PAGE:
Ok, there is a touch of smugness as i sit here, in front of the TV, with a glass of wine. I can have a weekend off as the Roses are planted......
There are several ways of buying Roses. If you're just getting a few, then you usually buy them as potted plants, which will have been grown in a field and then potted up at this time of year when the plants become dormant. If you want a larger number, or a variety that isn't grown in larger numbers, then "bare root" is the way to go
Because I want lots of each rose at a time, I've taken part in a Flowers from the Farm Bulk Buy. 15 flower farmers from the South East have joined together to get a large order, so a pallet of bare root roses turned up at the farm on Wednesday. After sorting, swapping and making sure they were wrapped against the cold wind that's been blowing, I planted the few that are being cosseted in the Polytunnel.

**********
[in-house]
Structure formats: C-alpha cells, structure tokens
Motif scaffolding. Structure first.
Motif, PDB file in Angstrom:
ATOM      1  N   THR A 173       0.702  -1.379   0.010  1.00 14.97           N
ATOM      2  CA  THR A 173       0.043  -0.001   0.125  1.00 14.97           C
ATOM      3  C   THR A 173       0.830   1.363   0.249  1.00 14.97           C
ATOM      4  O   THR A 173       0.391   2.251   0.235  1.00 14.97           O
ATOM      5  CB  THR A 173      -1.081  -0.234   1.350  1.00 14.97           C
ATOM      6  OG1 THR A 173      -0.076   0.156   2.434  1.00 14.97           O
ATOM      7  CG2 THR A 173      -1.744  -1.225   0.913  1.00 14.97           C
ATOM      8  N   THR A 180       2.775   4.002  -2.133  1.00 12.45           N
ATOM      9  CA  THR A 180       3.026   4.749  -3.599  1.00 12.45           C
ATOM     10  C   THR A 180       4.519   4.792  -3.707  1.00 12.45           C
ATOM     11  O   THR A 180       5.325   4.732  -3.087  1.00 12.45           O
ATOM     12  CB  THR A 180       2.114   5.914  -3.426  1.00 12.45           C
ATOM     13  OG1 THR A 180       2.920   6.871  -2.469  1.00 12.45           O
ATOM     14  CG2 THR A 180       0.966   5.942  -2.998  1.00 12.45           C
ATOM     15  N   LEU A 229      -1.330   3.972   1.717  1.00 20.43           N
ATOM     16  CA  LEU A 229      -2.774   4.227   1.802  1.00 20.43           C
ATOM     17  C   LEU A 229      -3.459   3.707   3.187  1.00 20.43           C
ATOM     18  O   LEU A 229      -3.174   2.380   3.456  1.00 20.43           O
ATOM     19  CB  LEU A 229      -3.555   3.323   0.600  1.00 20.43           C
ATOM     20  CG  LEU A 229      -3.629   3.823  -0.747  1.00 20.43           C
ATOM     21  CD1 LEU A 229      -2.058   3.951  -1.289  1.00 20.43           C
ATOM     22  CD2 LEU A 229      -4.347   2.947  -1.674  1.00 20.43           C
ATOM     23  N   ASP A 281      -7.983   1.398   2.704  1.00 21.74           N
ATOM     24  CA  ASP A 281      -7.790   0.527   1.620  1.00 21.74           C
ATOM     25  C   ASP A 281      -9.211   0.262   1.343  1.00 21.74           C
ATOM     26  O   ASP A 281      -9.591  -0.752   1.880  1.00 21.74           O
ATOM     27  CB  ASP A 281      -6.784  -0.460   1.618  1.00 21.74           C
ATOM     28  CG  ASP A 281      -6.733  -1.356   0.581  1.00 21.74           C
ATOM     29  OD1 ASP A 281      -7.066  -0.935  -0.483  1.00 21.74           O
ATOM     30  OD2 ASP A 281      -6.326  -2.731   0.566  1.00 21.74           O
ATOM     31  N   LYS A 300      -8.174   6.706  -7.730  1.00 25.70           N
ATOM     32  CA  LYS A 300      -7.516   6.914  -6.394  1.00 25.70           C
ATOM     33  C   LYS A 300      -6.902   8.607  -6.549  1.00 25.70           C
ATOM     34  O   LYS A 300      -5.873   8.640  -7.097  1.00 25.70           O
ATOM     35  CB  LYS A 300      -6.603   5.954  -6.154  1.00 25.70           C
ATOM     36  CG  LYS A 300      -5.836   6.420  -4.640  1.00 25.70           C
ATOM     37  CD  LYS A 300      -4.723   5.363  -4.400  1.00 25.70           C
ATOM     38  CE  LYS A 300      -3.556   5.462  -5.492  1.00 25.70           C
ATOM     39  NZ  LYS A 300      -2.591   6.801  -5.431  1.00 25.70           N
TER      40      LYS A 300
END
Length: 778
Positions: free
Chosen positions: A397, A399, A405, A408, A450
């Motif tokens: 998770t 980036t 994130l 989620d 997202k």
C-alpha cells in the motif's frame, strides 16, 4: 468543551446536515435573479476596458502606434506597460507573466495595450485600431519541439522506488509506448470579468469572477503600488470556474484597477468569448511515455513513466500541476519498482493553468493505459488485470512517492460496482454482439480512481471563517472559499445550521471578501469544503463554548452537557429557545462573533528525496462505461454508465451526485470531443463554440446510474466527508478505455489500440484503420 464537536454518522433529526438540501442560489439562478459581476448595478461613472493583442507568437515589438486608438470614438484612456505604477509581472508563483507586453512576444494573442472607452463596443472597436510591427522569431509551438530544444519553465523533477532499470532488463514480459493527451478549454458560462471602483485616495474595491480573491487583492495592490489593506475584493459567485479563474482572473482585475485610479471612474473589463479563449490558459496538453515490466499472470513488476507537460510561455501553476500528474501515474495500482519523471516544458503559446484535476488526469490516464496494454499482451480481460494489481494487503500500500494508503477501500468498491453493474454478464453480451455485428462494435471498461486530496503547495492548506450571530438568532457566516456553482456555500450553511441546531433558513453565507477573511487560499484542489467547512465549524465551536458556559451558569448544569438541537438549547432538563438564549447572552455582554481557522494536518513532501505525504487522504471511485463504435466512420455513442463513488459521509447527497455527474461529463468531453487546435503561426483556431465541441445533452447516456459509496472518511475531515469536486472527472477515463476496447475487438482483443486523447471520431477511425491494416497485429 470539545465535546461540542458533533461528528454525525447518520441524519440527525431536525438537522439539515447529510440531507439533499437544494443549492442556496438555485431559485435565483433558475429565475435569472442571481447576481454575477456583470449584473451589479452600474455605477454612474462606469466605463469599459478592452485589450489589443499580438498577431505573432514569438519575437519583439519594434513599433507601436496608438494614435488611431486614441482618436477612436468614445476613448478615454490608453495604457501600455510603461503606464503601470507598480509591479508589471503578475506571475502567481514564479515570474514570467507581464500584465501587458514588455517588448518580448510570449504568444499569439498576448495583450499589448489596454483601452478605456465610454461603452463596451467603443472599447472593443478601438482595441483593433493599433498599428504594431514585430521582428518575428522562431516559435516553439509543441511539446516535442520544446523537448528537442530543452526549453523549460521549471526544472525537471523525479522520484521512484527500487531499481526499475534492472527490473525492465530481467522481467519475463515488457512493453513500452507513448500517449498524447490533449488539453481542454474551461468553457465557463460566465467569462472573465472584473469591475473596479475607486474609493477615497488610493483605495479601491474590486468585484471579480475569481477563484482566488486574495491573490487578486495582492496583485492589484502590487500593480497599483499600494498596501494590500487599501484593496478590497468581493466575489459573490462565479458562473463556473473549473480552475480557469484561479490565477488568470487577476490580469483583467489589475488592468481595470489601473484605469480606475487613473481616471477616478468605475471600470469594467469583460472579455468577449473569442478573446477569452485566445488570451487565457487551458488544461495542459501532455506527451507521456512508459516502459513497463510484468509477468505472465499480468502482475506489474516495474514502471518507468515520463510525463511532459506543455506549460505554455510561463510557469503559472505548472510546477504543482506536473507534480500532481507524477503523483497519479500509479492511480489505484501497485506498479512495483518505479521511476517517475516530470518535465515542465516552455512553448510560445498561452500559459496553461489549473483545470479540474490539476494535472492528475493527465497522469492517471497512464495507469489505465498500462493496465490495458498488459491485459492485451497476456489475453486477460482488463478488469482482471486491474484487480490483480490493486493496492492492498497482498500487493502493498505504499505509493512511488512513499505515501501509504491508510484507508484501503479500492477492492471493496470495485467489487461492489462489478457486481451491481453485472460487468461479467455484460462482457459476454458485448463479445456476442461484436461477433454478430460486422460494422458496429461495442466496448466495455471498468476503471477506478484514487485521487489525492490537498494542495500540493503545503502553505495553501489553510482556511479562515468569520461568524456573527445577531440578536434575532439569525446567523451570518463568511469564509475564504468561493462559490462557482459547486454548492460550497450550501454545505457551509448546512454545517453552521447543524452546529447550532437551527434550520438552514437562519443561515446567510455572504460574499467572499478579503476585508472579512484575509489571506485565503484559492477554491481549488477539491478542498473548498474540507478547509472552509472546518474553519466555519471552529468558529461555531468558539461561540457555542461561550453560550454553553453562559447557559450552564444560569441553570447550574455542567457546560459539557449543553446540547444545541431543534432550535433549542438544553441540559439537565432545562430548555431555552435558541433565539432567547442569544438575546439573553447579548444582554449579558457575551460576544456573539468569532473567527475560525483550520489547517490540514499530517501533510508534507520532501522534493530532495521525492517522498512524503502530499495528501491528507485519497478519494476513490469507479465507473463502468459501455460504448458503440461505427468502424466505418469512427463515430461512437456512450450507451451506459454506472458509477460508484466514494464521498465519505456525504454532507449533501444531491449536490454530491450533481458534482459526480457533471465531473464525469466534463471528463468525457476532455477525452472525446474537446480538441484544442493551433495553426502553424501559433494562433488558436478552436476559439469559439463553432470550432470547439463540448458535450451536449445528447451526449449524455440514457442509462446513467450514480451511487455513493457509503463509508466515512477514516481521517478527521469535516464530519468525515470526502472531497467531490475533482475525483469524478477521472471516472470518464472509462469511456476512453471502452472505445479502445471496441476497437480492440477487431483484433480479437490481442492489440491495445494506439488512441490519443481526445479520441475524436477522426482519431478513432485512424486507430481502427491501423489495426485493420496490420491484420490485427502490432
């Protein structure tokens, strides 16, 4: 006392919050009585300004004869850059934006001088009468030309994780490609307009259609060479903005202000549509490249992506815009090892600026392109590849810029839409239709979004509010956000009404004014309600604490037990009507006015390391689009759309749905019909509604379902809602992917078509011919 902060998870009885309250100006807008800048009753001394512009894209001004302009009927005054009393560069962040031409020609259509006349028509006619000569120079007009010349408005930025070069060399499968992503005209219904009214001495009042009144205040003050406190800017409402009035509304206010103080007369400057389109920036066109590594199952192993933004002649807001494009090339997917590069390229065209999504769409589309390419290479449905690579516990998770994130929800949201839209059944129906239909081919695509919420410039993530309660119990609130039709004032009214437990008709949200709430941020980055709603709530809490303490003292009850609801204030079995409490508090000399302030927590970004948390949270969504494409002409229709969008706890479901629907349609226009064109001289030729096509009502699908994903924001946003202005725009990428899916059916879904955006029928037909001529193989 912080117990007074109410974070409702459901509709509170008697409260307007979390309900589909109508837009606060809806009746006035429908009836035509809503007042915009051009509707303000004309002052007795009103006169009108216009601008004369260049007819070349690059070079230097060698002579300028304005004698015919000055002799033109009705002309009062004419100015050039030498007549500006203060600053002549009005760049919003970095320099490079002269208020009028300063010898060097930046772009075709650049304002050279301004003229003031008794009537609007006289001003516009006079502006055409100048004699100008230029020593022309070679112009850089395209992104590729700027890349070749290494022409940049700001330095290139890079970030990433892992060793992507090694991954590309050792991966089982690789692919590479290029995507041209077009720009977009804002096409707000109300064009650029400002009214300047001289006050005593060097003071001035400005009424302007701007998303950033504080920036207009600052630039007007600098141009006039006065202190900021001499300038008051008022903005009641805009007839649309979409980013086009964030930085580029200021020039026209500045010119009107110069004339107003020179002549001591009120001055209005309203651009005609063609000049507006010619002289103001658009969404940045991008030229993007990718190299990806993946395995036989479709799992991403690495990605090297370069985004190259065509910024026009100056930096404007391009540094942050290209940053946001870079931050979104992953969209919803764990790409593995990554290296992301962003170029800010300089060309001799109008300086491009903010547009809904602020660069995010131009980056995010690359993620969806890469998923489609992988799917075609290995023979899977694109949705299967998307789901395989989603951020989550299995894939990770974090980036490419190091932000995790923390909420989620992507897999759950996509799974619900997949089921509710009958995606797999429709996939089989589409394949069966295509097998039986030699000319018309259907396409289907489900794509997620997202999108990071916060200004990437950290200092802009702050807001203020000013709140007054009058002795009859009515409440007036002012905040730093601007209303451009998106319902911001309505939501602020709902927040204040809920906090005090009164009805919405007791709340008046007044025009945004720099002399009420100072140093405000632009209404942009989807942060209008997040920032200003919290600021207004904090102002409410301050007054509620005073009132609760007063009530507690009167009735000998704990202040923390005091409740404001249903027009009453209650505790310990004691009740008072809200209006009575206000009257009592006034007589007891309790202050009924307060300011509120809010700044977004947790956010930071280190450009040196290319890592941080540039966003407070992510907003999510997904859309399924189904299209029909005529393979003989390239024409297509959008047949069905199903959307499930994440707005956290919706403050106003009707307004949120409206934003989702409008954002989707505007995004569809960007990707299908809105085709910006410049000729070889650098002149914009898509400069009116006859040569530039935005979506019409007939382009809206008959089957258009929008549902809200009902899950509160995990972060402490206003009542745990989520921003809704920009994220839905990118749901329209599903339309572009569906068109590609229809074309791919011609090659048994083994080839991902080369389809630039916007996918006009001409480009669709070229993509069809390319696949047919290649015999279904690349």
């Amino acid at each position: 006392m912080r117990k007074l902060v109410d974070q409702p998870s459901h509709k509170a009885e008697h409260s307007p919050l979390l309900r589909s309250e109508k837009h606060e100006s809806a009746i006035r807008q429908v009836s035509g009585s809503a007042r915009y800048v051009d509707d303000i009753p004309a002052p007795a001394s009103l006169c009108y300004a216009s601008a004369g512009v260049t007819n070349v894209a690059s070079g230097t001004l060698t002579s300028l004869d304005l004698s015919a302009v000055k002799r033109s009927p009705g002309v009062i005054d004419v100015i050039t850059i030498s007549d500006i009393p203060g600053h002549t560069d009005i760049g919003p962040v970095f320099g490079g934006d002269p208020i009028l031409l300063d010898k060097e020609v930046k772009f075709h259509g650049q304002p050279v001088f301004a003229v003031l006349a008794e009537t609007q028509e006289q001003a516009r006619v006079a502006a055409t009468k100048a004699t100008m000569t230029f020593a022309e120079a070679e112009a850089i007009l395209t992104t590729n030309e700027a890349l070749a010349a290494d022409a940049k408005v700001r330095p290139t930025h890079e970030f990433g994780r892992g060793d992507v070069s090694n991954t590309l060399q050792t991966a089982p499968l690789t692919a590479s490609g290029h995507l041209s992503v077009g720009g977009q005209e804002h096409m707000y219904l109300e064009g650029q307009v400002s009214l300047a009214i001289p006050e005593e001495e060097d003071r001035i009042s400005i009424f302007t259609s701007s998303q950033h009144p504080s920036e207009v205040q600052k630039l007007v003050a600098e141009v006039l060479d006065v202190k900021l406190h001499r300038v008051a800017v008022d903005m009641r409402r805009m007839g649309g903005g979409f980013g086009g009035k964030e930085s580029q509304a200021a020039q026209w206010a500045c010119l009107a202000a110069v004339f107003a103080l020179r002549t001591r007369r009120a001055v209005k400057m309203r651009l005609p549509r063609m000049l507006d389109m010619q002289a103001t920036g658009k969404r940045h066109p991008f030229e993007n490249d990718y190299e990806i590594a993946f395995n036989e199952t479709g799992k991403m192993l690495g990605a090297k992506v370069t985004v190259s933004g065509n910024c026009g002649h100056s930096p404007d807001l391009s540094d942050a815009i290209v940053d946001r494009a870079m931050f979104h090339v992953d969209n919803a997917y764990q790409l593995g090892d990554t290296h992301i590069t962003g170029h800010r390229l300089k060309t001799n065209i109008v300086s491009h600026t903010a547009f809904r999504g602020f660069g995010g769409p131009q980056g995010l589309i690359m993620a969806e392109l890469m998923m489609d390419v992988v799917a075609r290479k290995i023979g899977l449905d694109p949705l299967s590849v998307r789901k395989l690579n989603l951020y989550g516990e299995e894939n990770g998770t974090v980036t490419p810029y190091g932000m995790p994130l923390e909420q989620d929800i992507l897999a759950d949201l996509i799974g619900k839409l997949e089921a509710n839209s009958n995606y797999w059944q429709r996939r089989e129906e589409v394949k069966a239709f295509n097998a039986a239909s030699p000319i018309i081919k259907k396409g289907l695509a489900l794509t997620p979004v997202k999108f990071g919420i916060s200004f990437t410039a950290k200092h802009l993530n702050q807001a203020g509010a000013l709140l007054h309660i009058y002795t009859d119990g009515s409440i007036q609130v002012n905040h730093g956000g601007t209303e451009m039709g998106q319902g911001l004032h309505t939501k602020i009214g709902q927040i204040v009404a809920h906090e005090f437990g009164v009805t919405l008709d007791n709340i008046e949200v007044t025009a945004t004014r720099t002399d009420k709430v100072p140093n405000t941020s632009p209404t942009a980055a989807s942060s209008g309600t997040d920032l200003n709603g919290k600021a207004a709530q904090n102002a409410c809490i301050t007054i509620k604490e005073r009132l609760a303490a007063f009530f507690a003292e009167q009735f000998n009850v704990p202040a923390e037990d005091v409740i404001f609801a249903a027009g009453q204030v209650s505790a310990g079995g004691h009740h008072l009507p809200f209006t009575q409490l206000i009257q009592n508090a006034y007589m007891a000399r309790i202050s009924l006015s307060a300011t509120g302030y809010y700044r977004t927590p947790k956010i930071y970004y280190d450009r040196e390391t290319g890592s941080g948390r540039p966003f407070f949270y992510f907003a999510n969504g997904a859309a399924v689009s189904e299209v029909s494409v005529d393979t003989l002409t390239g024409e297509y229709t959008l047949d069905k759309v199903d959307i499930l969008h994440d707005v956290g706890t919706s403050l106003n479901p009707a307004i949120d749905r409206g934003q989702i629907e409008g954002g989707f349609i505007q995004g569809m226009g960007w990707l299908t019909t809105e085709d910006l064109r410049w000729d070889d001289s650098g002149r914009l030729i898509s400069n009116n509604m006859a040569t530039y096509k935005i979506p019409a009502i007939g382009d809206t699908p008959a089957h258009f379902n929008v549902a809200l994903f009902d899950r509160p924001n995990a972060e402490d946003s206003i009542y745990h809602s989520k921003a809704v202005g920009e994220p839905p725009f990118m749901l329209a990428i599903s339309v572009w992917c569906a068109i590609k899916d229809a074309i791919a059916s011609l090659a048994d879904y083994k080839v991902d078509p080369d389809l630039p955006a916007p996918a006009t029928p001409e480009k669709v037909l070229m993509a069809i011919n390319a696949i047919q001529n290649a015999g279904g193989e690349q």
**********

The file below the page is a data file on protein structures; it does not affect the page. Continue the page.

Our current roses are lovely, but unfortunately they do get damaged by rain while they're in bud. This summer, we've had a lot of the wet stuff, so we've decided to cover some of them up, particularly the lighter colours that get damaged easily. We've given over a 3rd of the middle poly tunnel row (underplanted with Tulips) Here's how I've planted these bare rooted roses.
Roses are grafted plants. That means the the top (Flowering) stock is cut and stuck (grafted) onto a fast growing root stock. This means that you can have a sturdy plant with lots of different coloured and scented flowers. It does mean that when planting, the grafting point (the union) needs to be above the soil level.
- Dig a deep hole,
- Ensure the roots are evenly spread in it,
- Plant so that the union is above the soil level,
- Ensure the soil is firmed in around the root system ( rather than just treading/compacting down the soil from above.
- Prune back to a bud ensuring there are no crossing stems
- Water in well.
The rest of the outside ones were also planted today in the same way, so there are now an extra 45 roses on the field. These will get a good mulch, obviously ensuring the union isn't covered, but making sure they don't get weed smothered. Next June, to October, there should be more Roses for wedding bouquets, and various orders. (finger crossed)